However, I must now advise you that it is my intention, using my rights as a member of the United Methodist Church, to charge you formally with heresy, if you do not positively affirm that you consider Jesus Christ to be your Lord and Savior on this blog by Christmas Day. If this post is deleted, thanks to that one rather disagreeable man who did reccommend the Wartburg Watch site to us, I will simply repost it there, and on Dave Mosher’s site. You have now at long last crossed the line; you must repent now, for the salvation of your soul, and for the salvation of the souls the cure of which has been entrusted to you by the United Methodist Church.

        May God bless you, and may the Holy Spirit descend upon you, and grant you illumination. I, who affirm that I am the worst of sinners, beg you in humility to repent and pray, immediately, and for the sake of Jesus Christ, who gave His life for your salvation!

        • says


          “For those who have issues with ‘Lord’ language” does not say that I have problems with lord language. In fact, since my theology is closer to the anti-empire research of Crossan, then lord language is very comfortable to me as it opposes the powers and principalities of empire.

          PAP, so far we’ve had some good discussion, in part because you haven’t made the mistake of equating these type of comments with my personal beliefs. Let’s not start that now, shall we?

          • Paul Anthony Preussler says

            I’ll completely back off on this point, UMJeremy, if you’ll assure me right now then, in that case, that you do positively affirm Jesus Christ as your Lord and Savior, and we can resume our friendly dialectic theology, which would make me so ecstatic I might wind up like that dude who started the Whirling Dervish movement, on account of randomly twirling. Just say this formula “Jesus Christ is my Lord and Savior” and I will STFU.

            By the way, to show you how dangerous and potentially destructive this line of reasoning is, let me share with you this quote:

            “Come, my Lord Jesus, the Savior of souls, who hast
            saved me from the drunkenness and Error of the world .”

            This is from Psalm V of the Manichaen Psalms to Jesus. Poor Mani was a Persian painter who went bonkers in the late second century, became convinced he was the second coming of Jesus, and after being rejected by the St. Thomas Christians in India, managed to get flayed by an irate Persian king after he failed to miraculously save the life of said king’s son. His followers, who at least one Patristic source attribute the Gospel of Thomas to, then spread Manicheaism into the Roman Empire, and St. Augustine was a Manichee before he was baptized by St. Ambrose of Milan (an occasion they commemorated by composing the hymn Te Deum). Manichaeism managed to survive for centuries in the east; there is a Manichaen temple disguised as a Buddhist temple that was recently found in China.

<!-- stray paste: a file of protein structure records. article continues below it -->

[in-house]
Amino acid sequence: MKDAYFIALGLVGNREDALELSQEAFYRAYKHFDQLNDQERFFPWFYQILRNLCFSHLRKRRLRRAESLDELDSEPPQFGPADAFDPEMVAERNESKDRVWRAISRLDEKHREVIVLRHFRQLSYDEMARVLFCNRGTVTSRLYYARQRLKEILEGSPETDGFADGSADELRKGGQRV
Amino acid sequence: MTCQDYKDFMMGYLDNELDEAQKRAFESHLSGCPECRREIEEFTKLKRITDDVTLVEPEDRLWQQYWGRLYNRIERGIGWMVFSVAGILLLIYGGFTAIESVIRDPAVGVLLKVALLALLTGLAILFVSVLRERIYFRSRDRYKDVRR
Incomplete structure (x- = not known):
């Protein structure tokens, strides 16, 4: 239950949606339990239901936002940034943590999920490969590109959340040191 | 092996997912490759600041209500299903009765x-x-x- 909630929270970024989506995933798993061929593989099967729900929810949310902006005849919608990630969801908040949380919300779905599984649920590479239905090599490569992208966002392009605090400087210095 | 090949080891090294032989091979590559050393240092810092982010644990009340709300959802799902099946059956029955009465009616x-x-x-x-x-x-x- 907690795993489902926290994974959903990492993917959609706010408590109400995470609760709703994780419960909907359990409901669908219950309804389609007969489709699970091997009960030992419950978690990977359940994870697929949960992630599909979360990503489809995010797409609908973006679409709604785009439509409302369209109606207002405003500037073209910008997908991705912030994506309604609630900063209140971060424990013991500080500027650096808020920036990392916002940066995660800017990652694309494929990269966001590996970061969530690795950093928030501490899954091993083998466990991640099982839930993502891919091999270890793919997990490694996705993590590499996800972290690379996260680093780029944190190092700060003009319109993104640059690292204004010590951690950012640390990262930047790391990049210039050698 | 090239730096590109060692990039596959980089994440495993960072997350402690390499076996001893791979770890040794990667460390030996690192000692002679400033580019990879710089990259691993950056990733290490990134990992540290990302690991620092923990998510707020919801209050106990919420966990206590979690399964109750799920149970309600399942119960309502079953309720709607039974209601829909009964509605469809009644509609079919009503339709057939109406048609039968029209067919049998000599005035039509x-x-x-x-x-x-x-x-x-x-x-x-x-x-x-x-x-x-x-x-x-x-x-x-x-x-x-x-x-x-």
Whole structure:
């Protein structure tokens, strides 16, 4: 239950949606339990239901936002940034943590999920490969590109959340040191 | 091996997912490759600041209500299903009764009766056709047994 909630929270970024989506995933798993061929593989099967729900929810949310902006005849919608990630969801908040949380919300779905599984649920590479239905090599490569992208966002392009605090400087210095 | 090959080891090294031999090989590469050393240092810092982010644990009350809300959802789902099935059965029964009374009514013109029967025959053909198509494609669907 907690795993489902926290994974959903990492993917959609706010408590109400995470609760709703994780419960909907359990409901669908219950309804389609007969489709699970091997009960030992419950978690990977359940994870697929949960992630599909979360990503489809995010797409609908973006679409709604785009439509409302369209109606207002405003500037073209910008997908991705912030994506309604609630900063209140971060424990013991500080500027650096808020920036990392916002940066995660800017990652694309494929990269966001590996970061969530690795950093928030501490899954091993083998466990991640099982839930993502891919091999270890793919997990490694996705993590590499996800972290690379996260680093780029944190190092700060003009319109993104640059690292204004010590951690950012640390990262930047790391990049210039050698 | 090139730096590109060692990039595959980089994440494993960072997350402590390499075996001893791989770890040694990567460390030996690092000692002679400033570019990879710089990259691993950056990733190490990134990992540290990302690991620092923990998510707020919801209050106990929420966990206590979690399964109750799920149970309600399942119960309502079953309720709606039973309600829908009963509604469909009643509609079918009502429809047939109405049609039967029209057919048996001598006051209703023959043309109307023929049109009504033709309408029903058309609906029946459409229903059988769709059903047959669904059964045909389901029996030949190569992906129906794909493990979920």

However, let us consider for a moment how infinitely large a can of worms denying the lordship of Christ is. You actually just put yourself in a theological position whereby, if both Mani and Augustine, who was distinguished by his polemics against the Manichaen faith after his conversion to Christianity, would find themselves in opposition to you. For that matter, Augustine’s other main sparring partner, Pelagius, would join the chorus.

            I suspect even some Muslims might take offense, on the grounds that they consider Jesus a major prophet, and the most immediate forerunner of Mohammed; I do not know whether it is their custom to refer to Prophets as Lords, in the manner of how, for example, the Syriac Orthodox and Assyrian Church of the East refer to Bishops and Saints as Lords (Mor Ignatius Zakka Iwas of Antioch, Mar Dinkha IV, Catholicos of the East), but I would worry about such a remark either way.